It’s also essential to understand that human life comes with its own set of variables. It would neither be fair nor ideal to commit healthcare delivery to a patient based on values created by others such as hospital administrators. Such ethics will only end up driving bylaws that would not align with those of a patient and the physician.
Creating a Vision and Mission
When dealing with a small practice, it is much simpler to develop a vision embodied by everyone in the organization under the physician’s leadership. But for larger organizations such as a managed care system, the task is much challenging with risks of potential pitfalls.
Does this mean that large organizations are not represented to respect “multi-values? “
I believe they can!
The task can be achieved by respecting the physician as a person and an independent professional. The same is true for the patients, who have a more crucial role in molding the fundamental values. The values again vary from person to person. We set them based on the personal, social, educational, economic, and emotional beliefs of the person receiving treatment from a physician or healthcare provider in general.
Every genuine healthcare provider under the system believes in delivering the best possible care to their patients. We must consider the concept of quality based on two factors. That is standard and variable.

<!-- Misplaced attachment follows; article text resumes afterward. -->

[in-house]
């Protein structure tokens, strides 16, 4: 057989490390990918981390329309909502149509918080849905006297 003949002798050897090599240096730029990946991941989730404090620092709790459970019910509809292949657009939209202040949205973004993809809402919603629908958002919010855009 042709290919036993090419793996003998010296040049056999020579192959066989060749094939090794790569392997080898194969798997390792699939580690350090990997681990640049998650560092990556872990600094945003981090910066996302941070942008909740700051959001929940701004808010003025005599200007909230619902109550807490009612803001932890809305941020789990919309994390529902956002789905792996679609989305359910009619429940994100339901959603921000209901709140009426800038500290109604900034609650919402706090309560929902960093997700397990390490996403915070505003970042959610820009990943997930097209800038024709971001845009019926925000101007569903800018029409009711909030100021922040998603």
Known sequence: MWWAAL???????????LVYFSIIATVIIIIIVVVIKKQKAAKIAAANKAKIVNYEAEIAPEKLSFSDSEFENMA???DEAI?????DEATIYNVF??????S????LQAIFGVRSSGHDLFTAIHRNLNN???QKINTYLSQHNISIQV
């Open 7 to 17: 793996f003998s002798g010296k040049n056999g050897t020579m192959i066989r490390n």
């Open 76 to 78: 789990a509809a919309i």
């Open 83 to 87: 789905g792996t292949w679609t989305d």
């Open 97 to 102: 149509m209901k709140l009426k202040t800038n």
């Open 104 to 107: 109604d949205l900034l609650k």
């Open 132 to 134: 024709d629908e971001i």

Knowledge and skills form a particular service to the patient and serve as the building block of healthcare delivery. They include the standard of patient expectations and morals behind the delivery of service based on the variables. In other words, knowledge and skills stand the building pillars of the tools that we use to deliver medical care. Ethics and values form the precision of delivery of healthcare.
That is why it doesn’t matter what type of technology we use (including artificial intelligence); they may be able to deliver perfectly but can never have precision-driven by the power of human values.
The scope of any organization’s vision and mission must include the respect deserved by the patient’s individuality or any stakeholder within the organization. The concept might seem challenging, but it is not so. We can implement it by ensuring that corporates work for the people’s interest, not the other way around. It can be an intimidating task, considering the organization’s large size, which increases the risk of falling into the trap of bureaucracy and dictatorship.
Empowering and holding the organizations accountable through transparency based on their values is the key. Missions, once established, should be respected by everyone in the organization. Healthcare for all translates to healthcare without borders in a reality where individuals create values and ethical standards for individuals. Both will establish the foundation for genuine quality or, in simple terms, value-based healthcare delivery.
We need to create a system from the best of what our values and community have been built upon, as it is the best solution offered by others.